In Native American cultures, The Great Spirit is a deity intertwined with the fabric of the Universe itself on the large scale and yet personally engaged with the web of living things and the world on an earthly scale. I am creating a spiritual practice by borrowing a little from the Buddhists and the practice of mindfulness, but mostly from the strong connection I feel for the worship of Earth as taught us by our first nations. For those who hunger for the connection of a spiritual practice from someone who is learning to braid her own.

The power of dreams to inform action

The Shaman and his assistant each took half of our group of 15 and stood before us in turn with a coffee can filled with pulsing sage smoke. They waved the vapor under and over us using a large feather, doing something a little different for each person. The Shaman applied a sweet and spicy oil to my forehead, neck and palms. Later he asked if any of us had dreamed of eagles. Several had. I had a Golden appear in the green way behind my house, watch me from a distance. He said he had felt them while smudging us.

Dreaming was an important part of indigenous culture, woven deep into tradition and spiritual practice.  Natives respected the guidance given in dream messages, because they believed they contained information that defined one’s destiny and indicated the route that should be taken. Children were taught to remember their dreams from an early age so they could decode and extract guidance from them.

There are two types of dreams. One type is literal (seeing something that will happen in the future). The other is symbolic, intuitive messages being told through the story of the dream.

One of the pressures of hanging out with a group of seekers was others’ reports of dreams, voices and visions. With none to tell about I began to feel underdeveloped or flawed. But I arrived at the first pre-breakfast dream interpretation session without a dream. I figured I could learn from others’ “readings.” My favorite dream that day came from a guy who told about his wife and grand daughter both getting an outlandish haircut and how upset he was with their choice. It gave our Shaman some pleasure to tease him about the message from the spirits—“let go of your need for order and control, and let go of others’ actions."

Ancient legend speaks of the Spider Woman, caretaker of the children and the people on the land. Eventually it became impossible for Spider Woman to reach all of the children, so the mothers and grandmothers wove magical webs for the children, using willow hoops and plants ties. The “dreamcatchers” would filter out all bad dreams. Even infants were provided protective charms.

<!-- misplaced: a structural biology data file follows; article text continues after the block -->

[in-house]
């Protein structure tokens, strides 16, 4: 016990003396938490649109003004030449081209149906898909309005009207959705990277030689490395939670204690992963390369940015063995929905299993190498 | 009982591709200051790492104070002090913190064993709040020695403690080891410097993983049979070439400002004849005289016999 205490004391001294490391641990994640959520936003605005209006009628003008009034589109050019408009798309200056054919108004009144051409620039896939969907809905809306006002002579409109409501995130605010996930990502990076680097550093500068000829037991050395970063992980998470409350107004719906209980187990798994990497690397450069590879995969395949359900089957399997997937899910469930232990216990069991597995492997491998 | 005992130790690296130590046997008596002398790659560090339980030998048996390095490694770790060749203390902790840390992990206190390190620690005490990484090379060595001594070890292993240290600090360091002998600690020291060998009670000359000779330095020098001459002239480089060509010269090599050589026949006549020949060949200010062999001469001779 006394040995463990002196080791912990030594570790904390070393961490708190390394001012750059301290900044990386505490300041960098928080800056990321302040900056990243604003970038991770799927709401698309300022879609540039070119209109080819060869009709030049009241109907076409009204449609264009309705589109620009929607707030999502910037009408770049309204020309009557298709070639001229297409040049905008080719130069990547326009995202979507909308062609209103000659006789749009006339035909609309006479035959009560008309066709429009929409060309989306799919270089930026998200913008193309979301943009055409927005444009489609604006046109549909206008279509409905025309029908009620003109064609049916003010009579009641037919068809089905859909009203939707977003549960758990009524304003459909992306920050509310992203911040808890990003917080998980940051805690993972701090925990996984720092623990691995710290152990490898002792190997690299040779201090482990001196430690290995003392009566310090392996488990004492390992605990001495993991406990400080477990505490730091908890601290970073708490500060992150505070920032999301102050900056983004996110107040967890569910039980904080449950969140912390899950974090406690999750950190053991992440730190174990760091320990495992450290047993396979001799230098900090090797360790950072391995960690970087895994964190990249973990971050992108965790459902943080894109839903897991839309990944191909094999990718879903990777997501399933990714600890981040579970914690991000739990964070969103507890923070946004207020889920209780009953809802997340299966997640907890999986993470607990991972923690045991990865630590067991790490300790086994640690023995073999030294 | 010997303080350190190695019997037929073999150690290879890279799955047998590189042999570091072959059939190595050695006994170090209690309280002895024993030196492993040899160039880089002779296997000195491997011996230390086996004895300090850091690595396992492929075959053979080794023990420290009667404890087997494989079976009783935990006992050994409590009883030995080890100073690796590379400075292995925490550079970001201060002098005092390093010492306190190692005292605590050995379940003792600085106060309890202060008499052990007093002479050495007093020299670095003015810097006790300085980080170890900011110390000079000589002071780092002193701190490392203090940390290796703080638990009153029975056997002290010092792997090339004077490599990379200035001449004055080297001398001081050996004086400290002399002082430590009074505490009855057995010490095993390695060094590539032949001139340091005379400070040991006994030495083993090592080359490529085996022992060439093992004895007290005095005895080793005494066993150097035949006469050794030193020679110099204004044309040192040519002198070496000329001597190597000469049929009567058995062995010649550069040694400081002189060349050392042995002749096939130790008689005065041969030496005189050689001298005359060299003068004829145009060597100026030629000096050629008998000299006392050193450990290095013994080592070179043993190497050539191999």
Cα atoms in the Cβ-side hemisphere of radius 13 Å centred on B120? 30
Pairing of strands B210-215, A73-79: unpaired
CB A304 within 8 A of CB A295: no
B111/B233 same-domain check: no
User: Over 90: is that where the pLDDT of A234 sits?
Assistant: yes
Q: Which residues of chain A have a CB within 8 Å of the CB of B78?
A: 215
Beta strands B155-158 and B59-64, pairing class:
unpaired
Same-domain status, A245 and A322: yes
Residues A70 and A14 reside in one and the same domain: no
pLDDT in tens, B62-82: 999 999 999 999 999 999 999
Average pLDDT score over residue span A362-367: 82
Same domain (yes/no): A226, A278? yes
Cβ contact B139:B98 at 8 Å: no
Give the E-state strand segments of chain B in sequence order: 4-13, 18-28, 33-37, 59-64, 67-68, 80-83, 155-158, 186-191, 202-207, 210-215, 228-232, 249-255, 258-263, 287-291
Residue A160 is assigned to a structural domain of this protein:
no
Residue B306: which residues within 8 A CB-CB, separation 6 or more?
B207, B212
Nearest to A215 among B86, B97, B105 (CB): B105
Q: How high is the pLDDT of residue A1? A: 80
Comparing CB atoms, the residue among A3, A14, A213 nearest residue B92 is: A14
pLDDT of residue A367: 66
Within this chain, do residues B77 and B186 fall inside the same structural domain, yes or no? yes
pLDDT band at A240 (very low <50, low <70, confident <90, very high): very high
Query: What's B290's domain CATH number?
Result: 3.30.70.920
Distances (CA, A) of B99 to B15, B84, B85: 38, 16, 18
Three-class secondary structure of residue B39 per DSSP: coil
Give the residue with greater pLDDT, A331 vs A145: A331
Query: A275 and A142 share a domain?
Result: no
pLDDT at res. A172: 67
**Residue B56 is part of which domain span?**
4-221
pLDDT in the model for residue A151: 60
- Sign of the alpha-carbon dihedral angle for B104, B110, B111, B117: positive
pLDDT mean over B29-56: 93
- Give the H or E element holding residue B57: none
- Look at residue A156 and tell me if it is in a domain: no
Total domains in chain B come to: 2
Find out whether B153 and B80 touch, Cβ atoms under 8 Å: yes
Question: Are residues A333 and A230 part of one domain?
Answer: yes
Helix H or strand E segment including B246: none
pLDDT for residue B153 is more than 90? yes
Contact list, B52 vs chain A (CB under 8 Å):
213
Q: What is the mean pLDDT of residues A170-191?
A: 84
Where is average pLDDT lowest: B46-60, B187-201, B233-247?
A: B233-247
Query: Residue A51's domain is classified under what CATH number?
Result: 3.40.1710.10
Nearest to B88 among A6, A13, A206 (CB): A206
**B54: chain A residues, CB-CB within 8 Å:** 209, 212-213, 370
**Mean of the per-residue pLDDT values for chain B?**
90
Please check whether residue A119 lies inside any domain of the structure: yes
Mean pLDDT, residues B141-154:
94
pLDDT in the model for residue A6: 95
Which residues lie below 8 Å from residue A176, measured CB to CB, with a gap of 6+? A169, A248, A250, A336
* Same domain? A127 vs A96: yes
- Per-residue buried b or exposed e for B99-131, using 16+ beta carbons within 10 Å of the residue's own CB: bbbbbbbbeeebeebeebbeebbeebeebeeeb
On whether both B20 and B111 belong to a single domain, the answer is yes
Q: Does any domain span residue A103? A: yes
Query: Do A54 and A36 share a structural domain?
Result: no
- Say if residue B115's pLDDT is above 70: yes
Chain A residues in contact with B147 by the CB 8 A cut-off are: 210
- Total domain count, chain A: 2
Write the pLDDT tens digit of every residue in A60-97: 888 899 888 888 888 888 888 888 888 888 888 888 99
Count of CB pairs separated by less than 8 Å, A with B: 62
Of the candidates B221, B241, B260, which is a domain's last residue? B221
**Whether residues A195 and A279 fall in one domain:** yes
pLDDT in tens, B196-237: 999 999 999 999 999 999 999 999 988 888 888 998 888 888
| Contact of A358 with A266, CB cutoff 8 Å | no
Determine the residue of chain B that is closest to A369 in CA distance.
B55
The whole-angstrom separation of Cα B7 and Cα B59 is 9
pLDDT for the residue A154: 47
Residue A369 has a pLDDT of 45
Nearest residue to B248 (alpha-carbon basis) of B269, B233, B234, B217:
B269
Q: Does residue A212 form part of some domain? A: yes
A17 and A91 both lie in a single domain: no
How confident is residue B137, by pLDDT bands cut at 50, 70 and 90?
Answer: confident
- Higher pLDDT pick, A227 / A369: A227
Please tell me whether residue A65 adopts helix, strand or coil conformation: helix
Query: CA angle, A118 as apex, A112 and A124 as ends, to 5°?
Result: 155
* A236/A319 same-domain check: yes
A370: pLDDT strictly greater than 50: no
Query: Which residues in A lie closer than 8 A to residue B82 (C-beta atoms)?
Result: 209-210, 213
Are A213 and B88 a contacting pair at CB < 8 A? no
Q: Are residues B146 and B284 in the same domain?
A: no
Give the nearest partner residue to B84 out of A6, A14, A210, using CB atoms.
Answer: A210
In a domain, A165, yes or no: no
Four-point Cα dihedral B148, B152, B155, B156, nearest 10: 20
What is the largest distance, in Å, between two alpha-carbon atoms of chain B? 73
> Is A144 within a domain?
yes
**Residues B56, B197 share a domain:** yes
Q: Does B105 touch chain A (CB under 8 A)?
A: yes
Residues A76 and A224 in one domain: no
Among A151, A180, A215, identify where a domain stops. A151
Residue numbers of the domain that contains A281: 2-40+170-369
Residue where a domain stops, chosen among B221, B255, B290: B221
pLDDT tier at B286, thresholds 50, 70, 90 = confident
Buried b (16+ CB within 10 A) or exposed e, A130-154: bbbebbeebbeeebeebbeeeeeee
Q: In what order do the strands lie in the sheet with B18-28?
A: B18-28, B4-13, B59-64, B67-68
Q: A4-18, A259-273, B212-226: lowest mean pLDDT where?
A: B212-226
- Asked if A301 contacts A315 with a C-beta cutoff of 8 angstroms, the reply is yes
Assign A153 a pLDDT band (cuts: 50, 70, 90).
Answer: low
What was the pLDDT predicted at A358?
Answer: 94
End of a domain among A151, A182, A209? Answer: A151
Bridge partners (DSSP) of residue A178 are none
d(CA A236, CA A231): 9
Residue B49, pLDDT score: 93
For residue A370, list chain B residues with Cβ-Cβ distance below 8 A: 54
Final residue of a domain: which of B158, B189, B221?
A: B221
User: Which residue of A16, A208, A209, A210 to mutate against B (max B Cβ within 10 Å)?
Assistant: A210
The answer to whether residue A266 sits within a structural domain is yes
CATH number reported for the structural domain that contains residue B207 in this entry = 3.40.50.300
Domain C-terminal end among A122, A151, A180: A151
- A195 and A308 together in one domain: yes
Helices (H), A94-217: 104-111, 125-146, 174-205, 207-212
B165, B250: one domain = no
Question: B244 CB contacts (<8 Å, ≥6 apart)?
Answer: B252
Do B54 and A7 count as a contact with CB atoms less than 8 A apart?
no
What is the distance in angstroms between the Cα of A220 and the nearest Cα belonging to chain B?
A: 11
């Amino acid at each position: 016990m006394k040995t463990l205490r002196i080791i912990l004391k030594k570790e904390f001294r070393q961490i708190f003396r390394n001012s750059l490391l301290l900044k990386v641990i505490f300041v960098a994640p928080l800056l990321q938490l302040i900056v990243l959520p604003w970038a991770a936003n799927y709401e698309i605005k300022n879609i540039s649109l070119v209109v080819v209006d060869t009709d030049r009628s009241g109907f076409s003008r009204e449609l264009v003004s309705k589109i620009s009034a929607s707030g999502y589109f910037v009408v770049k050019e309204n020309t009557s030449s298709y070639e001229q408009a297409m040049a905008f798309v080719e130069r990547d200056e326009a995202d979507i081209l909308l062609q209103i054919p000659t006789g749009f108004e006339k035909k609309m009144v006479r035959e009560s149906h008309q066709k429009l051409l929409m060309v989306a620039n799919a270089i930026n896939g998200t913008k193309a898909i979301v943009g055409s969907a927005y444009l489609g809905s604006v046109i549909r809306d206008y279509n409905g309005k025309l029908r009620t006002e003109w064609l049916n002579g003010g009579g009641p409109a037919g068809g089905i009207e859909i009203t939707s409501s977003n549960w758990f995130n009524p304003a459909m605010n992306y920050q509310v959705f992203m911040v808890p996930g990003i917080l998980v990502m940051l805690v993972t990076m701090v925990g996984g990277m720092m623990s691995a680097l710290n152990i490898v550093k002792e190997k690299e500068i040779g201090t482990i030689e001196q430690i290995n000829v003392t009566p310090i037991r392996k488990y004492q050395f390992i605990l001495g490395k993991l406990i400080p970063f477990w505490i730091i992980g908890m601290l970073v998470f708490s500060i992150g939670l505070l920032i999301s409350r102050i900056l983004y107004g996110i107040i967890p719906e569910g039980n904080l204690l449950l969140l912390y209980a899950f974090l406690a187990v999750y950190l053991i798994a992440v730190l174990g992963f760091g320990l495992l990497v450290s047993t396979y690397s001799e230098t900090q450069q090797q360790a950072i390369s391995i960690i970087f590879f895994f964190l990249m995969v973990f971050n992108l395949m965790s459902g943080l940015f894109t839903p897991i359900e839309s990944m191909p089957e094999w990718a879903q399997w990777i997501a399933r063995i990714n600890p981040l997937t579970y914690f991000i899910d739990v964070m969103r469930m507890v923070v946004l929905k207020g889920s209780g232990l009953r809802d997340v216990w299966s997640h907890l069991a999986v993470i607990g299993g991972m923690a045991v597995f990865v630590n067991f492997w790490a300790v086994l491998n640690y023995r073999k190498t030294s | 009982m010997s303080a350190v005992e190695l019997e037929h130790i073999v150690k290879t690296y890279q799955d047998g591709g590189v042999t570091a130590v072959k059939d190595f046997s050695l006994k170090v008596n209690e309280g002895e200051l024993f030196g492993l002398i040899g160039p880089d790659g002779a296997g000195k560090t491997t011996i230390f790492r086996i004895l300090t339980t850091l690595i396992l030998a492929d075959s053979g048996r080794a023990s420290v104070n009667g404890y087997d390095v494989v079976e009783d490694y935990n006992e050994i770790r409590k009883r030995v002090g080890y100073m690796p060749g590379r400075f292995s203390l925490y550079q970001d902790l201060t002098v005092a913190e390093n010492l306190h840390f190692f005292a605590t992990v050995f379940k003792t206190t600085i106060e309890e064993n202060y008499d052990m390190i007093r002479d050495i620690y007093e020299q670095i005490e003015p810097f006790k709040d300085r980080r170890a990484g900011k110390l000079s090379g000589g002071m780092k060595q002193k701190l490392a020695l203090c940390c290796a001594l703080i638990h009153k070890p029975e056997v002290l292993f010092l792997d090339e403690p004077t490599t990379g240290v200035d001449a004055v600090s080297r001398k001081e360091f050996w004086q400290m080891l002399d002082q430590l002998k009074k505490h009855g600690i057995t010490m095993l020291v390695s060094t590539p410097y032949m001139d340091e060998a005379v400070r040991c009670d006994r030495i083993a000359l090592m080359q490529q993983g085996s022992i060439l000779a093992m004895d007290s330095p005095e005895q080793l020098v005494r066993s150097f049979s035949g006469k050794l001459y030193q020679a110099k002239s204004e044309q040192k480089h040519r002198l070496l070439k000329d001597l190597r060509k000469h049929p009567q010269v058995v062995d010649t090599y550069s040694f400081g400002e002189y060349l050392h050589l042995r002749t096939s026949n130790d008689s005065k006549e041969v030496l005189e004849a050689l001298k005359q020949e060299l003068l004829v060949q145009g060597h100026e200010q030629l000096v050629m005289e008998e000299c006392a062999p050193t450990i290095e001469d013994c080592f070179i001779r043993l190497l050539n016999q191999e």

At the end of the 30 hours of isolation on the land—a mini vision-question-- I asked Pacha Mama for a sign. “Bring me a dream. Show me that you hear me.”  Sure enough that night I dreamed! The first dream was disjointed about a flamboyant long-time male friend who in the first scene was playing some unknowable musical instrument with a child I knew. The next scene was this friend and I entering an apartment building where he was trying to charm someone out of a cat. He mounted the stairs in mud-caked tennis shoes to talk to the cat’s owner but I was unwilling to go upstairs because I didn’t want to mess up the white carpet with my own muddy boots. I waited on the main floor with a woman who seemed to be the apartment caretaker and who was obviously in love with my friend. The next scene was me waiting for my friend in the back of an open-air jeep, and realizing as he approached and I could see his face in the moonlight, I too was in love. Just as he jumped up into the open air and was about to kiss me, I awoke. The Shaman told me that my muddy boots friend was a more flamboyant me, the me I long to be when I let myself tromp around in my muddy boots.

The next night I dreamed again, a dream I had had before. When I try to leave my house my street that leads to the highway that leads to my teaching job, is filled with furniture, to the extent that I cannot move my car. When I seek out who is responsible for the chairs, tables, buffets, desks and hall trees in my way I am directed to ride in an SUV with a woman and two men to a separate location. The creepy balding guy sitting in the backseat with me tries to ask me out on a date, while the driver runs over a refrigerator standing in the parking lot of our destination. I never saw the perpetrators but I remember my plea about a class I was going to be late for if they didn't clear the street, and a postscript reminding them that the City was wasn't likely to approve the clutter either. Then I awoke. When I repeated my dream to the Shaman he said, “You've had this dream before?”

“Yes,” I replied.

“That’s easy. Spirit is telling you to quit teaching. You may go back to it, but right now your path is to quit.” His eyes were serious. His words made me cry. I knew, had known for some time, I needed to change directions.

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